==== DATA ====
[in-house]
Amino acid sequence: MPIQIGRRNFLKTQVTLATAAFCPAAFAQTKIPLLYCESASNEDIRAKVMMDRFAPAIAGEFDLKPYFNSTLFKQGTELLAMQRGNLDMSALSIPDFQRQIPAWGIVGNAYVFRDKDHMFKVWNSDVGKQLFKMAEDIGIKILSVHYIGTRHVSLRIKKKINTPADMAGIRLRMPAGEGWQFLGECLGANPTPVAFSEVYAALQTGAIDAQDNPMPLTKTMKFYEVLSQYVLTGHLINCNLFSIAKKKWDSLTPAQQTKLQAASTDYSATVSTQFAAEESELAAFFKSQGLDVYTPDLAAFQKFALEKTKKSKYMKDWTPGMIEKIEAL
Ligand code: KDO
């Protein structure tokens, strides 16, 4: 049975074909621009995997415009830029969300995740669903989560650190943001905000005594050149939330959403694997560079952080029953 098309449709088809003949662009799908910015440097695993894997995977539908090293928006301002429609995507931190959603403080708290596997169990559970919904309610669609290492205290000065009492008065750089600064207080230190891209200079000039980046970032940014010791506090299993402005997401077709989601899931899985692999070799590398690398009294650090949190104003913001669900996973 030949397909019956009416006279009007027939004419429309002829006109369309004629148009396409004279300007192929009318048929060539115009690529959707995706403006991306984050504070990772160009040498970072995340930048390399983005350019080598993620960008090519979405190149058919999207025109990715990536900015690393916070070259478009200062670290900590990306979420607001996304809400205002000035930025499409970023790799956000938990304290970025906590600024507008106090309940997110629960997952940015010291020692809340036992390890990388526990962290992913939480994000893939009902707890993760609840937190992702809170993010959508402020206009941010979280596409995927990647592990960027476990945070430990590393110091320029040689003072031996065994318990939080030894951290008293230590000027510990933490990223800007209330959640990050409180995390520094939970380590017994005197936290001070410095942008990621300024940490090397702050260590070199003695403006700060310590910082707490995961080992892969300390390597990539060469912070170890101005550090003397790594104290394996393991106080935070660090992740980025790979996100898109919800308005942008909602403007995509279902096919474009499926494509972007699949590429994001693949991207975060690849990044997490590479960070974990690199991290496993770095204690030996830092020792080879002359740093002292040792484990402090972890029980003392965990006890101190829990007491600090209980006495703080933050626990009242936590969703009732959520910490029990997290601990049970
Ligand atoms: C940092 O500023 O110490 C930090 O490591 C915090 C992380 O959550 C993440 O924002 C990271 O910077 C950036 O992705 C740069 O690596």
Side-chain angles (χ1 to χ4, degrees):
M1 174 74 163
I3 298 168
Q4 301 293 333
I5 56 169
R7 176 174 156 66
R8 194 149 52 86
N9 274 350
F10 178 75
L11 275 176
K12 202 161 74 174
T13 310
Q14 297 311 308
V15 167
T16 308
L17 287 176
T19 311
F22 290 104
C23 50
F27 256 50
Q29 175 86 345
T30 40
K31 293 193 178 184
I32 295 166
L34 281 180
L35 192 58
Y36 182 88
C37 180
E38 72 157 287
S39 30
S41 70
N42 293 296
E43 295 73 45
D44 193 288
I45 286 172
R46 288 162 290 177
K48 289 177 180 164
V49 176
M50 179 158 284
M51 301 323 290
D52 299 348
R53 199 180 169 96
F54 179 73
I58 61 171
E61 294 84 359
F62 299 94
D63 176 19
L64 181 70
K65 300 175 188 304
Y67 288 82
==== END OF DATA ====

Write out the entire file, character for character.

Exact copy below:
[in-house]
Amino acid sequence: MPIQIGRRNFLKTQVTLATAAFCPAAFAQTKIPLLYCESASNEDIRAKVMMDRFAPAIAGEFDLKPYFNSTLFKQGTELLAMQRGNLDMSALSIPDFQRQIPAWGIVGNAYVFRDKDHMFKVWNSDVGKQLFKMAEDIGIKILSVHYIGTRHVSLRIKKKINTPADMAGIRLRMPAGEGWQFLGECLGANPTPVAFSEVYAALQTGAIDAQDNPMPLTKTMKFYEVLSQYVLTGHLINCNLFSIAKKKWDSLTPAQQTKLQAASTDYSATVSTQFAAEESELAAFFKSQGLDVYTPDLAAFQKFALEKTKKSKYMKDWTPGMIEKIEAL
Ligand code: KDO
């Protein structure tokens, strides 16, 4: 049975074909621009995997415009830029969300995740669903989560650190943001905000005594050149939330959403694997560079952080029953 098309449709088809003949662009799908910015440097695993894997995977539908090293928006301002429609995507931190959603403080708290596997169990559970919904309610669609290492205290000065009492008065750089600064207080230190891209200079000039980046970032940014010791506090299993402005997401077709989601899931899985692999070799590398690398009294650090949190104003913001669900996973 030949397909019956009416006279009007027939004419429309002829006109369309004629148009396409004279300007192929009318048929060539115009690529959707995706403006991306984050504070990772160009040498970072995340930048390399983005350019080598993620960008090519979405190149058919999207025109990715990536900015690393916070070259478009200062670290900590990306979420607001996304809400205002000035930025499409970023790799956000938990304290970025906590600024507008106090309940997110629960997952940015010291020692809340036992390890990388526990962290992913939480994000893939009902707890993760609840937190992702809170993010959508402020206009941010979280596409995927990647592990960027476990945070430990590393110091320029040689003072031996065994318990939080030894951290008293230590000027510990933490990223800007209330959640990050409180995390520094939970380590017994005197936290001070410095942008990621300024940490090397702050260590070199003695403006700060310590910082707490995961080992892969300390390597990539060469912070170890101005550090003397790594104290394996393991106080935070660090992740980025790979996100898109919800308005942008909602403007995509279902096919474009499926494509972007699949590429994001693949991207975060690849990044997490590479960070974990690199991290496993770095204690030996830092020792080879002359740093002292040792484990402090972890029980003392965990006890101190829990007491600090209980006495703080933050626990009242936590969703009732959520910490029990997290601990049970
Ligand atoms: C940092 O500023 O110490 C930090 O490591 C915090 C992380 O959550 C993440 O924002 C990271 O910077 C950036 O992705 C740069 O690596």
Side-chain angles (χ1 to χ4, degrees):
M1 174 74 163
I3 298 168
Q4 301 293 333
I5 56 169
R7 176 174 156 66
R8 194 149 52 86
N9 274 350
F10 178 75
L11 275 176
K12 202 161 74 174
T13 310
Q14 297 311 308
V15 167
T16 308
L17 287 176
T19 311
F22 290 104
C23 50
F27 256 50
Q29 175 86 345
T30 40
K31 293 193 178 184
I32 295 166
L34 281 180
L35 192 58
Y36 182 88
C37 180
E38 72 157 287
S39 30
S41 70
N42 293 296
E43 295 73 45
D44 193 288
I45 286 172
R46 288 162 290 177
K48 289 177 180 164
V49 176
M50 179 158 284
M51 301 323 290
D52 299 348
R53 199 180 169 96
F54 179 73
I58 61 171
E61 294 84 359
F62 299 94
D63 176 19
L64 181 70
K65 300 175 188 304
Y67 288 82